The Return of Mid-Month Mini-Reviews!

Hello Bookworms!

For the first time in what feels like FOREVER I’m returning my previous feature – Mid-Month Mini-Reviews! (Gosh, that’s a lot of hyphens, even for me. Emily Dickinson eat your heart out.)

This, um, year..? I’ve decided to try to tackle my appalling NetGalley backlist so that they don’t banish me from the site entirely. Luckily, I’ve had been given ARC’s of some amazing books through the site (sort of) recently so I get to squee and fangirl all the way through the reviews! Today, I’m looking at non-fiction books from queer authors (yes I meant to post this during Pride month but I got waylaid, ok?)

 

happy fat

Happy Fat by Sophie Hagen

I can’t begin to tell you how much I learnt from reading this book. Sophie Hagen has taken one of the final taboo topics – being fat – and spoken so openly and so beautifully about what it’s like to live in a world that’s constantly treating your size like it’s something that you should definitely, absolutely be ashamed of – regardless of how you feel about yourself. She examines the issue from a variety of different viewpoints, providing her own insights and observations along the way; some of them are funny, some of them heartbreaking but it’s shocking at how aggressively, patronisingly or downright rudely Sophie has been treated.

As a non-fat person, I really appreciated the section where Sophie talked about how to be a good friend to someone who is fat, even though I was cringing at some of the things that I have very definitely said or done in the past and how problematic they are in hindsight.

By the end of this book, I can guarantee that you’ll feel like you’ve had your eyes suddenly opened to just how fat phobic the world actually is (unless of course this is just your lived reality, in which case I apologise for being so blind to it all). Once you’ve read Happy Fat you can’t go back – but I guarantee you’ll be a better person for reading it.

 

The Other Mother by Jen Bristerother

I really loved reading about Jen Brister’s experience of motherhood as “the other mother” – the partner of a woman giving birth to their twins. It provides a totally different perspective on the parenting experience and made me laugh, squirm and never, ever want to have children. Jen doesn’t shy away from the grim realities of motherhood and the *quite literal* amount of shit that having children brings.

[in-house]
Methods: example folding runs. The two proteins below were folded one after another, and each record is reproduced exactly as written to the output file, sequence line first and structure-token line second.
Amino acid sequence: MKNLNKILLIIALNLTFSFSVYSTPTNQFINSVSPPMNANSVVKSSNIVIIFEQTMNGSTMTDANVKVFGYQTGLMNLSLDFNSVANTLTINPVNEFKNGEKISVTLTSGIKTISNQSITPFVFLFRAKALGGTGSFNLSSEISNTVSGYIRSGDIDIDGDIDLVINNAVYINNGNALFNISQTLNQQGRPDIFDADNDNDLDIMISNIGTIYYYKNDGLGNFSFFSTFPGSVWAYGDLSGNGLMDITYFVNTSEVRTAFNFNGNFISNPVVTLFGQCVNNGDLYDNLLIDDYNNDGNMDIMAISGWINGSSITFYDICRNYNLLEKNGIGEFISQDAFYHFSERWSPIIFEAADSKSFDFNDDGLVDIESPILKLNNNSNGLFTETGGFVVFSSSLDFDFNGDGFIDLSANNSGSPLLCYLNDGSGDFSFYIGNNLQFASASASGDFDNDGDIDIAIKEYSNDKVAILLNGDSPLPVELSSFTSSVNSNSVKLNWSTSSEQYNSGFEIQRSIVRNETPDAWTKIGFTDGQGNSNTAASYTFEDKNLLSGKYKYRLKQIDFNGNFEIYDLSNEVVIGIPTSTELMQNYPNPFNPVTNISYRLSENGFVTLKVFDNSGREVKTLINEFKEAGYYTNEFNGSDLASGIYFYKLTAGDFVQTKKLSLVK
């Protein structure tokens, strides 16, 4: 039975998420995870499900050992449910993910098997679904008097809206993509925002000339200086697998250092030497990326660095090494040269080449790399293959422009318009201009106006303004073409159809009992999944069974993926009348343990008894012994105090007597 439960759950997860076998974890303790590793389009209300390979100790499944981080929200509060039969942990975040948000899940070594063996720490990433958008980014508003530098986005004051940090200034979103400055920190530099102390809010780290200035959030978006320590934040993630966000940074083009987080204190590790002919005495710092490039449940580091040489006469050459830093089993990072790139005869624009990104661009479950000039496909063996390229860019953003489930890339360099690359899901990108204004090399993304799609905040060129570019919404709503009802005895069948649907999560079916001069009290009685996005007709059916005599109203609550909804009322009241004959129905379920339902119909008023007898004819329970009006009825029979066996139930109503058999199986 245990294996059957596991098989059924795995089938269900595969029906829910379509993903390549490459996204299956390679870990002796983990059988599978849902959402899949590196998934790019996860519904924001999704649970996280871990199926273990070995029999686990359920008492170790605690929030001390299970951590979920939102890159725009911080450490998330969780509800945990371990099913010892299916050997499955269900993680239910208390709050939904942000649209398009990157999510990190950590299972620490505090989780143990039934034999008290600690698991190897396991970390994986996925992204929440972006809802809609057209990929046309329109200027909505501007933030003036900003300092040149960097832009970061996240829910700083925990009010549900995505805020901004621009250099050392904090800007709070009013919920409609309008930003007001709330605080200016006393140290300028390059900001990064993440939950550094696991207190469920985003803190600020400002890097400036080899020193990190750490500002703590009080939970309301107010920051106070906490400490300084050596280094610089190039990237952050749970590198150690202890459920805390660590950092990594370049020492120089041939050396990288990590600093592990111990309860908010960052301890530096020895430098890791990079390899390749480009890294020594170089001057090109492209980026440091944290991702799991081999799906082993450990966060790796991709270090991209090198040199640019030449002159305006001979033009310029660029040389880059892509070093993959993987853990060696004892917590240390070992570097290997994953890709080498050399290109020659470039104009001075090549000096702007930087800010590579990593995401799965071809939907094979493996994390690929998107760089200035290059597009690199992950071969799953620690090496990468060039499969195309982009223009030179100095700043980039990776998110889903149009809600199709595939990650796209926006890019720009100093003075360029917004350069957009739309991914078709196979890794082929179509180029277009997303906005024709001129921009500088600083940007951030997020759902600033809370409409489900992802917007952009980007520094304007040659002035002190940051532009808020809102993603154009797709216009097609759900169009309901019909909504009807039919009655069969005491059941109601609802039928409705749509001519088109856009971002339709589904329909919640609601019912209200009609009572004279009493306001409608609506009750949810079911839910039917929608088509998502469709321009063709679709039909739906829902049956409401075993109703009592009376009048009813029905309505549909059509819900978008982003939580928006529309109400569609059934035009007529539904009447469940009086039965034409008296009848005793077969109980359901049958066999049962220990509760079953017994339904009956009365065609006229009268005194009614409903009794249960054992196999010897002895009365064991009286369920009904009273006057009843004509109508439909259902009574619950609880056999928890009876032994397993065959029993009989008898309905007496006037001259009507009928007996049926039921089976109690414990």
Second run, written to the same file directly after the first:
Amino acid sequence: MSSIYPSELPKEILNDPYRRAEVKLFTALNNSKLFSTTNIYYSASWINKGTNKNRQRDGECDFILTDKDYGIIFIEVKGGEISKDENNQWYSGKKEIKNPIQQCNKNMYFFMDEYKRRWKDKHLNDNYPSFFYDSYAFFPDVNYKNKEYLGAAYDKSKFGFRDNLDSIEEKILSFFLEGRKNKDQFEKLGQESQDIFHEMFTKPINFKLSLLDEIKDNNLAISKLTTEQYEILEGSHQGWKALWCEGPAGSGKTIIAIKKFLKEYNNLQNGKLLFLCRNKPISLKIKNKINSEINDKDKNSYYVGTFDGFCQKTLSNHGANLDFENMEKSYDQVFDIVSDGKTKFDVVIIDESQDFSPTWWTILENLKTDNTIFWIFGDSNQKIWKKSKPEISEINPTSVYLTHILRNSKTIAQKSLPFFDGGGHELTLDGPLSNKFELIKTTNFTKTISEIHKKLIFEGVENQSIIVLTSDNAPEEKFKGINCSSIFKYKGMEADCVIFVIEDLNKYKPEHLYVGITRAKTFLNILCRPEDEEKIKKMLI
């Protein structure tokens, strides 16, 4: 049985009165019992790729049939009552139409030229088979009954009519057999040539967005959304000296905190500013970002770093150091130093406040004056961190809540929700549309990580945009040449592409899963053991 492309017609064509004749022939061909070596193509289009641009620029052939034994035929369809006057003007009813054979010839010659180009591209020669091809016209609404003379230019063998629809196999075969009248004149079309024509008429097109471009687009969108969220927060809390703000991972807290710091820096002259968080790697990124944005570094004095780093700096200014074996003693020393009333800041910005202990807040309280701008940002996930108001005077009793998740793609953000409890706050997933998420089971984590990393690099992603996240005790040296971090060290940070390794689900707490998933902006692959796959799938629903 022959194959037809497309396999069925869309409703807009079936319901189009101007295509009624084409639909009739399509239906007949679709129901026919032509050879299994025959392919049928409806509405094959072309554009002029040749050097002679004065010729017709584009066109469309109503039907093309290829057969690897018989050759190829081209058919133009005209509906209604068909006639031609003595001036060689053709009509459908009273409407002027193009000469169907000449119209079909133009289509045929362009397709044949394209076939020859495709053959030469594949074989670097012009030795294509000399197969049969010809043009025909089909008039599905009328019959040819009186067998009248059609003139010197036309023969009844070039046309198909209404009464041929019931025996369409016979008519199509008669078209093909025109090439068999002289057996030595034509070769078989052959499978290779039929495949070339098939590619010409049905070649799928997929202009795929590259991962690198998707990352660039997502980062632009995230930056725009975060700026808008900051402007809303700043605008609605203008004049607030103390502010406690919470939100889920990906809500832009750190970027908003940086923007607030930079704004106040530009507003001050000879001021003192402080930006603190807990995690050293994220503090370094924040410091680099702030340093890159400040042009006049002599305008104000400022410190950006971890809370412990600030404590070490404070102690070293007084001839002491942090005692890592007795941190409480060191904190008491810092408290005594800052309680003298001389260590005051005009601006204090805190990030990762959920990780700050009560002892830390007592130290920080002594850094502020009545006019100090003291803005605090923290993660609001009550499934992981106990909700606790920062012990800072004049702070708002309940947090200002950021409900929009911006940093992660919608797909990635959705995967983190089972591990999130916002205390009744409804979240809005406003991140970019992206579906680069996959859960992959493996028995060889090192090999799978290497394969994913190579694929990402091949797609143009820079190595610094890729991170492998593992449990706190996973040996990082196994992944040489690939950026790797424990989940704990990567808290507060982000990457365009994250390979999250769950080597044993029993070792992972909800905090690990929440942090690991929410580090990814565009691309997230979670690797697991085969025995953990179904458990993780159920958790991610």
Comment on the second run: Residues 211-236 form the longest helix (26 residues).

What shines through the text is the sheer amount of love that Jen clearly has for her family. From seeing her partner as some kind of breastfeeding goddess (aww) to feeling her heart break a tiny bit every time one of her kids wants to be comforted by his other Mum, the text is imbrued with a sense that, even in the most desperate moments, she wouldn’t change it for the world.

As a child-free person I read this book with a certain amount of smug satisfaction, knowing that I can still go out when I want, book a meal out mere hours before I’m eating, drink too much wine and spend a leisurely day nursing a hangover with no need to get out of bed. I genuinely don’t know how anyone copes with TWO babies let alone one (especially when one of them doesn’t sleep for MONTHS) so I was also left with a huge sense of admiration.

Just don’t read it if you’re pregnant!

 

unicornUnicorn by Amrou Al-Kadhi

I cannot begin to tell you how much I loved this memoir – I would have given it six stars if I could. Unicorn is the life story of Amrou Al-Kadhi; growing up in a strict Iraqui Muslim family, battling with the prejudice and racism of public school, dealing with their family’s homophobia to come out as queer and non-binary and finding themselves in their drag alter ego Glamrou (also marine biology and quantum physics seemed to help).

The story has a bit of everything – drama, regret, sadness, anger, love, drugs, loneliness… it’s a real rollercoaster of emotions and my heart went out to Amrou as they were confronted with almost every different type of prejudice that exists – often all at the same time.

As a cis-gendered white woman I found a surprising amount of commonality between Amrou’s feelings growing up and my own (EDIT why do I always write this? I really need to learn that underneath it all, people are all basically the same). In particular, their mother sounds like a Middle Eastern version of my own. I have vivid memories of watching my Mum doing her makeup every morning and tottering round town in stiletto heels and a cloud of hairspray. I could relate to those feelings of power that come from makeup and clothing – the exotic danger of red lipstick and the glamour of an 80’s shoulder pad. Except for me, the thrill of dressing up was seen as cute – for Amrou, it was a shameful betrayal of their culture.